You are here

Justice News

Department of Justice
U.S. Attorney’s Office
District of New Mexico

Monday, November 10, 2014

Navajo, N.M., Man Pleads Guilty to Assaulting Intimate Partner

Defendant Prosecuted as Part of Federal Initiative to Address
the Epidemic Incidence of Violence Against Native Women

ALBUQUERQUE – Harold Anthony Nez, 36, an enrolled member of the Navajo Nation who resides in Navajo, N.M., pleaded guilty today to a federal assault charge.  Under the terms of his plea agreement, Nez will be sentenced to 15 month in federal prison followed by a term of supervised release to be determined by the court.

Nez was arrested on Feb. 20, 2014, on a criminal complaint alleging that he assaulted his intimate partner, a Navajo woman, on Jan. 16, 2014, by driving into her with a vehicle and pinning her left leg against a fence.  The assault occurred in Navajo in McKinley County, N.M.  Nez subsequently was indicted and charged with assault with a dangerous vehicle and assault resulting in serious bodily injury.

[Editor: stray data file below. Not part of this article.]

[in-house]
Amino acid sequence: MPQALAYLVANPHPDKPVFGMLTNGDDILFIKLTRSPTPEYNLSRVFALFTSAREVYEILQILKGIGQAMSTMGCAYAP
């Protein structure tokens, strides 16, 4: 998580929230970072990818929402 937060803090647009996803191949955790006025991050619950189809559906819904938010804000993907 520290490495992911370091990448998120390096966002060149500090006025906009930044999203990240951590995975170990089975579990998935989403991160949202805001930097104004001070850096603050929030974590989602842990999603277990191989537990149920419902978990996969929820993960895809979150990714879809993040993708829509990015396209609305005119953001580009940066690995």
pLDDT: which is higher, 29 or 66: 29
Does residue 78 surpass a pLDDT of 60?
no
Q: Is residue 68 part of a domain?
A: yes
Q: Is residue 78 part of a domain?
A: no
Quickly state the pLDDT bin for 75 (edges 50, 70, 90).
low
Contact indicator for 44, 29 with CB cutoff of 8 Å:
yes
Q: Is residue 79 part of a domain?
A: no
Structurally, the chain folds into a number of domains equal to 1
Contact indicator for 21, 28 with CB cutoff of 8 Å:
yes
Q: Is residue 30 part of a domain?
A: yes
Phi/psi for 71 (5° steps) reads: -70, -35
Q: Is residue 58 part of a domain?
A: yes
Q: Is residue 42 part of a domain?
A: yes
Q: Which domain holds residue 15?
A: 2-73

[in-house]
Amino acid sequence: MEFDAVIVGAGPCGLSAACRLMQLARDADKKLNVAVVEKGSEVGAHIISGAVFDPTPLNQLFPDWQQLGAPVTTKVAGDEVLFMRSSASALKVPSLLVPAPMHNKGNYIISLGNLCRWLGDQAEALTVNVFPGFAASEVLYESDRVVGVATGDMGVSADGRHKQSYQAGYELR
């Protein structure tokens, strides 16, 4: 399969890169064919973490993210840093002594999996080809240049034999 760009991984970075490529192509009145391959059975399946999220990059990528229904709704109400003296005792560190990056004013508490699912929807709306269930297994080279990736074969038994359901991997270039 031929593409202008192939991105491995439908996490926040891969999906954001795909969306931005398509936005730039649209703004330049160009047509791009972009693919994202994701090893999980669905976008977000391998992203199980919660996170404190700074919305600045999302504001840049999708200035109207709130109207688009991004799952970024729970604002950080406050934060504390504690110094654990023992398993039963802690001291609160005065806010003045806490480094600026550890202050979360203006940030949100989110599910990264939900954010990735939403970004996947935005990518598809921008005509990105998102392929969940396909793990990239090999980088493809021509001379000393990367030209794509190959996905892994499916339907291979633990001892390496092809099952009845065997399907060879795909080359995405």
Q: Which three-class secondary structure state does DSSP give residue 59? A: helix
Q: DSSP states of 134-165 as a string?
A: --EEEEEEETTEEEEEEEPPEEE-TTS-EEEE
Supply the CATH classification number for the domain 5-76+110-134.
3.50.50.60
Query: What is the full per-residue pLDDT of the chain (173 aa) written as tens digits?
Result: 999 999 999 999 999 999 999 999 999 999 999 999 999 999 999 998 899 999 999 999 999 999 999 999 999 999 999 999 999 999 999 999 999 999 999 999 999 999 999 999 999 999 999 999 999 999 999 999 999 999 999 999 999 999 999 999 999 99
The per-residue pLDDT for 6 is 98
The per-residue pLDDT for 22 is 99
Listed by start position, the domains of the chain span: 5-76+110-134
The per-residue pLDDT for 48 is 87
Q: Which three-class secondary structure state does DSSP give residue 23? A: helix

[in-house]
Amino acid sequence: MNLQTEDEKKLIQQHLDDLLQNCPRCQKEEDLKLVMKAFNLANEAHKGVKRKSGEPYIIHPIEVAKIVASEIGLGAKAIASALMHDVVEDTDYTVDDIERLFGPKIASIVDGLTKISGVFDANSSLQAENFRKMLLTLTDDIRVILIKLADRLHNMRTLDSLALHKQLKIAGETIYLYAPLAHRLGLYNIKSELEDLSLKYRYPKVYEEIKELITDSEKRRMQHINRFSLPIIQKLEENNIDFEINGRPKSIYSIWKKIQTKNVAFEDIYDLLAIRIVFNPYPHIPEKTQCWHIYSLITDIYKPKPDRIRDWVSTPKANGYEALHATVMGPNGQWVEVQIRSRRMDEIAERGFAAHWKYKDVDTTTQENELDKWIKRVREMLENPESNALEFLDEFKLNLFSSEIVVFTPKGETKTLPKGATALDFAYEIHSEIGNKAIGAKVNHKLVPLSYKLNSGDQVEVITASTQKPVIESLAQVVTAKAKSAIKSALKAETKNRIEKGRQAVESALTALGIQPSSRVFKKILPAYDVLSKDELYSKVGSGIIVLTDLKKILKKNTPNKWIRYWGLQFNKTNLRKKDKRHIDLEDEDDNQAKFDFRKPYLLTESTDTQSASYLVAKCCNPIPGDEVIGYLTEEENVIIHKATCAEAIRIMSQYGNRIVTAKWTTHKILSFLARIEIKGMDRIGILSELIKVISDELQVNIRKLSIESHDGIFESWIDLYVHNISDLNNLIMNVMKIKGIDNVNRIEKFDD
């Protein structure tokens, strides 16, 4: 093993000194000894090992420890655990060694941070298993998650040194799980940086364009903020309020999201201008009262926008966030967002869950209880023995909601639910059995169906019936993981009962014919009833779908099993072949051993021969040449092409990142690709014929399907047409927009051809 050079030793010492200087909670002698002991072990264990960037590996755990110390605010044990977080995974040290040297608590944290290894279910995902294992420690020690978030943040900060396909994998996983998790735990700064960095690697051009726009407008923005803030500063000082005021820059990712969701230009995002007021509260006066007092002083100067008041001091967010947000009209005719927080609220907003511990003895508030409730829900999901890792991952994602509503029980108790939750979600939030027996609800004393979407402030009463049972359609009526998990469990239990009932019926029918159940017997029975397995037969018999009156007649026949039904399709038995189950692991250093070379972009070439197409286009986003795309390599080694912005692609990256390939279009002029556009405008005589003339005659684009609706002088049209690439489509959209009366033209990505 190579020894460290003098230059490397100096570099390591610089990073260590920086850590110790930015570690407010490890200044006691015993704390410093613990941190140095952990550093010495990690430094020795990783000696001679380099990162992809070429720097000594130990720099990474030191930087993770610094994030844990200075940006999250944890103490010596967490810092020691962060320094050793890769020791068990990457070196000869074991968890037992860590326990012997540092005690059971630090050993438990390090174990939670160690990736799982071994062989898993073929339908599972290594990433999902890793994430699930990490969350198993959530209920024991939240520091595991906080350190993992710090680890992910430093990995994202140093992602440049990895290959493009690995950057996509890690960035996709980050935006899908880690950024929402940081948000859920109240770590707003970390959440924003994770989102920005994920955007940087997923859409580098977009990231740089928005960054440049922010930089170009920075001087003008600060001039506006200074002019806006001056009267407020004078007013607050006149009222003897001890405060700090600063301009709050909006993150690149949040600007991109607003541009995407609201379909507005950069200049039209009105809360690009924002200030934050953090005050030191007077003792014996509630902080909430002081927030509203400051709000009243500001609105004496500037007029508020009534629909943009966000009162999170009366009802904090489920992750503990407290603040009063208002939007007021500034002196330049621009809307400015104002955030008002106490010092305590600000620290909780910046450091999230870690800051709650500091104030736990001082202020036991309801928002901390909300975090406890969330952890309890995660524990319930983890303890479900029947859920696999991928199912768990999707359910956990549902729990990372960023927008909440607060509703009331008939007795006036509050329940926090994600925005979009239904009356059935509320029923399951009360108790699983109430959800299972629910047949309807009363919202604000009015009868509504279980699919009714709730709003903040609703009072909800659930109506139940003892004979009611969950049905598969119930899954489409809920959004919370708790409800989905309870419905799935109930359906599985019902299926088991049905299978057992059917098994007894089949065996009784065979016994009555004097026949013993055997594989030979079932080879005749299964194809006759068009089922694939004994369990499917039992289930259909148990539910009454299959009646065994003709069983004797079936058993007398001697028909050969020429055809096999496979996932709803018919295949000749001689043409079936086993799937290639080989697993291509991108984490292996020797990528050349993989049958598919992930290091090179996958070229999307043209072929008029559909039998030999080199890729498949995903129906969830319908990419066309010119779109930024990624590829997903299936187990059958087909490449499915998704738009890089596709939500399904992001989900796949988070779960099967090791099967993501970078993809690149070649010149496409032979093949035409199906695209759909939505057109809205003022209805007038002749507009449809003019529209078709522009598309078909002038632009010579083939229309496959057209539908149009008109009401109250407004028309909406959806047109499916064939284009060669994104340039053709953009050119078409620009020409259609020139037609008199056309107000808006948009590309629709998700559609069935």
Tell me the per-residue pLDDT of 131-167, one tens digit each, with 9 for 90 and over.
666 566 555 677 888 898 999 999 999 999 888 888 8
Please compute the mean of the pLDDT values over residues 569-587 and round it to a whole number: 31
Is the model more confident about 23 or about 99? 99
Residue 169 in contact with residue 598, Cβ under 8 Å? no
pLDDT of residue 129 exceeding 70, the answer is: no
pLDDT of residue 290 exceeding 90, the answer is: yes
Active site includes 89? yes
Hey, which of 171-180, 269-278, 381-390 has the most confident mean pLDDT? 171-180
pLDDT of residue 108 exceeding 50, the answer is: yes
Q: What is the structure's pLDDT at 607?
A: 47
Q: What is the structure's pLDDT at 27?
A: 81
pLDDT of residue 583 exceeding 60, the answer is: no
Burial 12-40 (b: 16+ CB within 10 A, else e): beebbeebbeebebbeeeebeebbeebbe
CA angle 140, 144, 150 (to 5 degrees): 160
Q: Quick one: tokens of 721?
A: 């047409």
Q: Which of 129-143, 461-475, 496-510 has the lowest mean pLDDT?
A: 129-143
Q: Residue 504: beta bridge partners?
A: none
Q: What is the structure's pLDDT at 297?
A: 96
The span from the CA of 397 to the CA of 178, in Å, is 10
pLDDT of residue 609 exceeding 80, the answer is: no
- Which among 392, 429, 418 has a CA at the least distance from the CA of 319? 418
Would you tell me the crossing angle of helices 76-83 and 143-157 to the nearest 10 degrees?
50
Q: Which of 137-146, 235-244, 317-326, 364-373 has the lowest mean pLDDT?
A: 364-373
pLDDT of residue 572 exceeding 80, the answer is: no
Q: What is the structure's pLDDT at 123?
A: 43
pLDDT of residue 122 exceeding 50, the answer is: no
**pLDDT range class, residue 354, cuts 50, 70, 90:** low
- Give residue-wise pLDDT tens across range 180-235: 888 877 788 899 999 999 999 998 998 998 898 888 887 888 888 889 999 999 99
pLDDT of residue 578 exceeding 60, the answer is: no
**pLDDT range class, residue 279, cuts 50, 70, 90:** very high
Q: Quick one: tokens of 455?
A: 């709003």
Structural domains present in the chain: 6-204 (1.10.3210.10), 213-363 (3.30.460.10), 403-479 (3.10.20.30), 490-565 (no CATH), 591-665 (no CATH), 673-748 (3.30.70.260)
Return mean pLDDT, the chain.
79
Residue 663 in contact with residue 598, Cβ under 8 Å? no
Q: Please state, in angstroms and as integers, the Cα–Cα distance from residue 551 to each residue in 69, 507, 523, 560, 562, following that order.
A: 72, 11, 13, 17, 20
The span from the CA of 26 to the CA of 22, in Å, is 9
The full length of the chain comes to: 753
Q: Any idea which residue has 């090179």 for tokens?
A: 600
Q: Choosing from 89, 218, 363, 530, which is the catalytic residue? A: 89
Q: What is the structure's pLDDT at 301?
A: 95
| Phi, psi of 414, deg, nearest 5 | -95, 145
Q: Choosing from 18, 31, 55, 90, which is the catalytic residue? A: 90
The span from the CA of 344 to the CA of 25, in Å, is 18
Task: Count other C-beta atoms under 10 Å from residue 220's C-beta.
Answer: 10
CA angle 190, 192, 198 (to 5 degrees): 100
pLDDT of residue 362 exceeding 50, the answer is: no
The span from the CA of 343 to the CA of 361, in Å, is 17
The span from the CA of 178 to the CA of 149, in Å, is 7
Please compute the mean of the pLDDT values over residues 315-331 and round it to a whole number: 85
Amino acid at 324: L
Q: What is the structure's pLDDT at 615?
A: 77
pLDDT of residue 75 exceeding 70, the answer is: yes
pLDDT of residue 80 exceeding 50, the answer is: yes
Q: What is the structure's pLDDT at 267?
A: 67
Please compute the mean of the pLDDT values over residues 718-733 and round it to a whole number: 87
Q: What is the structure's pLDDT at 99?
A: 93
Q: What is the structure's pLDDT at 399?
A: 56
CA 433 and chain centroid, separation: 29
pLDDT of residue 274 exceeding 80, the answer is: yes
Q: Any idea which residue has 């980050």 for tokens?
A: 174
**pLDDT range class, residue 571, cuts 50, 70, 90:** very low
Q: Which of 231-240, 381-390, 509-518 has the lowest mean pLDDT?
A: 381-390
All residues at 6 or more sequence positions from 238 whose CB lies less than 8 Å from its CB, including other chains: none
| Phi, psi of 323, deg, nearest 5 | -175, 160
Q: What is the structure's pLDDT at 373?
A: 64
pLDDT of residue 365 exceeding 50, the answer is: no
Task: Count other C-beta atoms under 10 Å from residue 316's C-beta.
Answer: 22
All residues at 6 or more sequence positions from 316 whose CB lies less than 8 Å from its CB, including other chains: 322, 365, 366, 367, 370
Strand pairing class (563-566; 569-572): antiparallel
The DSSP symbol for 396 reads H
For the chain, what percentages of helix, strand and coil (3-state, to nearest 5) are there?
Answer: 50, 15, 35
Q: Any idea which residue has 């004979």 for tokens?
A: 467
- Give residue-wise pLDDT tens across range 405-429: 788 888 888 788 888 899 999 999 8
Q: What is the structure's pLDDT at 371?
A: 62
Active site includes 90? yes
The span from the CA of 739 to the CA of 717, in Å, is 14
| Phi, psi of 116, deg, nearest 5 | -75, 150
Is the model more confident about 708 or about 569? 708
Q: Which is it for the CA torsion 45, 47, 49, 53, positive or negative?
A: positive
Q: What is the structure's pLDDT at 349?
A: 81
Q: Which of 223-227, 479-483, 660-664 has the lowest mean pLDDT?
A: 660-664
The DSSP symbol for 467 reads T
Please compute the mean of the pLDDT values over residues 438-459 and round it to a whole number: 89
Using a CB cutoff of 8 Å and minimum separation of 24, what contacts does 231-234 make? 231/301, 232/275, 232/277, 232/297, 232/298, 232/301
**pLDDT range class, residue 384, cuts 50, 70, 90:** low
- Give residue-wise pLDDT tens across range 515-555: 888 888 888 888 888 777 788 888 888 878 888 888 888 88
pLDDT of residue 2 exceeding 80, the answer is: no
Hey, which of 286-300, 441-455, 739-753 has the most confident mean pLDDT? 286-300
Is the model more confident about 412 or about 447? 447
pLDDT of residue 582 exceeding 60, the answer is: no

Today Nez pled guilty to an assault resulting in serious bodily injury charge.  In his plea agreement, Nez admitted assaulting his intimate partner by hitting her with a vehicle.  Nez admitted that as a result of the assault, the victim suffered extreme physical pain and severe bruising to the leg that required medical attention.

Nez has been in federal custody since his arrest.  He remains detained pending sentencing, which has yet to be scheduled.

This case was investigated by the Window Rock, Arizona office, of the Navajo Nation Division of Public Safety and was prosecuted by Assistant U.S. Attorney David Adams. 

The case was brought pursuant to the Tribal Special Assistant U.S. Attorney (Tribal SAUSA) Pilot Project in the District of New Mexico which is sponsored by the Justice Department’s Office on Violence Against Women under a grant administered by the Pueblo of Laguna.  The Tribal SAUSA Pilot Project seeks to train tribal prosecutors in federal law, procedure and investigative techniques to increase the likelihood that every viable violent offense against Native women is prosecuted in either federal court or tribal court, or both.  The Tribal SAUSA Pilot Project was largely driven by input gathered from annual tribal consultations on violence against women, and is another step in the Justice Department's on-going efforts to increase engagement, coordination and action on public safety in tribal communities.

Updated January 26, 2015